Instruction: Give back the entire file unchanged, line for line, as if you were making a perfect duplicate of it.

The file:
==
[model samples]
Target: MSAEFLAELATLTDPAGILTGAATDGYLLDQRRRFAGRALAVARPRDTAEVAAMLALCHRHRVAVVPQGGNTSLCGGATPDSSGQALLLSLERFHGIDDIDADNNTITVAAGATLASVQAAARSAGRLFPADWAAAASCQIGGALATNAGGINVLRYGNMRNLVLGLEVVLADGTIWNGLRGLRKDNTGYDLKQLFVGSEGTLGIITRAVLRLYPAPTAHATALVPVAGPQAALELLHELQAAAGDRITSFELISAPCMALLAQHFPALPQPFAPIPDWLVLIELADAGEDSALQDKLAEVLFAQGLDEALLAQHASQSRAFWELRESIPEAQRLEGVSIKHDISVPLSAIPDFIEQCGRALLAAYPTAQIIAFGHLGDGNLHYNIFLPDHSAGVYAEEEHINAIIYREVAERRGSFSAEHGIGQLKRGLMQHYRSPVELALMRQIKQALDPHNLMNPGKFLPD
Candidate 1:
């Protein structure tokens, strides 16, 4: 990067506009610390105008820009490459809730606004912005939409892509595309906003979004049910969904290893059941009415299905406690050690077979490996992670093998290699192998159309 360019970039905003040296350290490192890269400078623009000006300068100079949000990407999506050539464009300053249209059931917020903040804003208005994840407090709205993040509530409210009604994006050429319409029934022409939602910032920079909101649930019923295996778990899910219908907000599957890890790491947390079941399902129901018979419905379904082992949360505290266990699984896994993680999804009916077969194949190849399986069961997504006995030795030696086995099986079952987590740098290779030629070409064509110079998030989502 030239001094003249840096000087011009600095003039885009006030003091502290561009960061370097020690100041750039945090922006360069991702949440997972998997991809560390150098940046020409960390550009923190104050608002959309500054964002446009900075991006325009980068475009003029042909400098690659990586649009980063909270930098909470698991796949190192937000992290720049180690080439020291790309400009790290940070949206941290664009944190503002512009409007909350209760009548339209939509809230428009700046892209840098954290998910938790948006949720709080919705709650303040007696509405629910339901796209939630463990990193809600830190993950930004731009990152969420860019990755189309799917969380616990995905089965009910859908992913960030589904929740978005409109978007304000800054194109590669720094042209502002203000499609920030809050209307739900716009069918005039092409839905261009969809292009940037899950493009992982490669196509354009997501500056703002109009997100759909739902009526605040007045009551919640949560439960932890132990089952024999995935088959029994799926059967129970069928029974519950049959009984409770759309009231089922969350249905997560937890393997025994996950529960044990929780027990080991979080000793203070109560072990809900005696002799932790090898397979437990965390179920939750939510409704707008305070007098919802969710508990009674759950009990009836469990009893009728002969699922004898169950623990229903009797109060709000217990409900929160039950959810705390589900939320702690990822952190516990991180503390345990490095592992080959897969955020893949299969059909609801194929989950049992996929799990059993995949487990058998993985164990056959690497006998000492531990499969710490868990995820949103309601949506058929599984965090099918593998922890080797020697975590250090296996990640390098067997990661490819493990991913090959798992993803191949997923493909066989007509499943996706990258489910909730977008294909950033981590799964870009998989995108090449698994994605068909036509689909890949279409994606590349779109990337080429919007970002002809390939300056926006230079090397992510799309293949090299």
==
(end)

[model samples]
Target: MSAEFLAELATLTDPAGILTGAATDGYLLDQRRRFAGRALAVARPRDTAEVAAMLALCHRHRVAVVPQGGNTSLCGGATPDSSGQALLLSLERFHGIDDIDADNNTITVAAGATLASVQAAARSAGRLFPADWAAAASCQIGGALATNAGGINVLRYGNMRNLVLGLEVVLADGTIWNGLRGLRKDNTGYDLKQLFVGSEGTLGIITRAVLRLYPAPTAHATALVPVAGPQAALELLHELQAAAGDRITSFELISAPCMALLAQHFPALPQPFAPIPDWLVLIELADAGEDSALQDKLAEVLFAQGLDEALLAQHASQSRAFWELRESIPEAQRLEGVSIKHDISVPLSAIPDFIEQCGRALLAAYPTAQIIAFGHLGDGNLHYNIFLPDHSAGVYAEEEHINAIIYREVAERRGSFSAEHGIGQLKRGLMQHYRSPVELALMRQIKQALDPHNLMNPGKFLPD
Candidate 1:
């Protein structure tokens, strides 16, 4: 990067506009610390105008820009490459809730606004912005939409892509595309906003979004049910969904290893059941009415299905406690050690077979490996992670093998290699192998159309 360019970039905003040296350290490192890269400078623009000006300068100079949000990407999506050539464009300053249209059931917020903040804003208005994840407090709205993040509530409210009604994006050429319409029934022409939602910032920079909101649930019923295996778990899910219908907000599957890890790491947390079941399902129901018979419905379904082992949360505290266990699984896994993680999804009916077969194949190849399986069961997504006995030795030696086995099986079952987590740098290779030629070409064509110079998030989502 030239001094003249840096000087011009600095003039885009006030003091502290561009960061370097020690100041750039945090922006360069991702949440997972998997991809560390150098940046020409960390550009923190104050608002959309500054964002446009900075991006325009980068475009003029042909400098690659990586649009980063909270930098909470698991796949190192937000992290720049180690080439020291790309400009790290940070949206941290664009944190503002512009409007909350209760009548339209939509809230428009700046892209840098954290998910938790948006949720709080919705709650303040007696509405629910339901796209939630463990990193809600830190993950930004731009990152969420860019990755189309799917969380616990995905089965009910859908992913960030589904929740978005409109978007304000800054194109590669720094042209502002203000499609920030809050209307739900716009069918005039092409839905261009969809292009940037899950493009992982490669196509354009997501500056703002109009997100759909739902009526605040007045009551919640949560439960932890132990089952024999995935088959029994799926059967129970069928029974519950049959009984409770759309009231089922969350249905997560937890393997025994996950529960044990929780027990080991979080000793203070109560072990809900005696002799932790090898397979437990965390179920939750939510409704707008305070007098919802969710508990009674759950009990009836469990009893009728002969699922004898169950623990229903009797109060709000217990409900929160039950959810705390589900939320702690990822952190516990991180503390345990490095592992080959897969955020893949299969059909609801194929989950049992996929799990059993995949487990058998993985164990056959690497006998000492531990499969710490868990995820949103309601949506058929599984965090099918593998922890080797020697975590250090296996990640390098067997990661490819493990991913090959798992993803191949997923493909066989007509499943996706990258489910909730977008294909950033981590799964870009998989995108090449698994994605068909036509689909890949279409994606590349779109990337080429919007970002002809390939300056926006230079090397992510799309293949090299």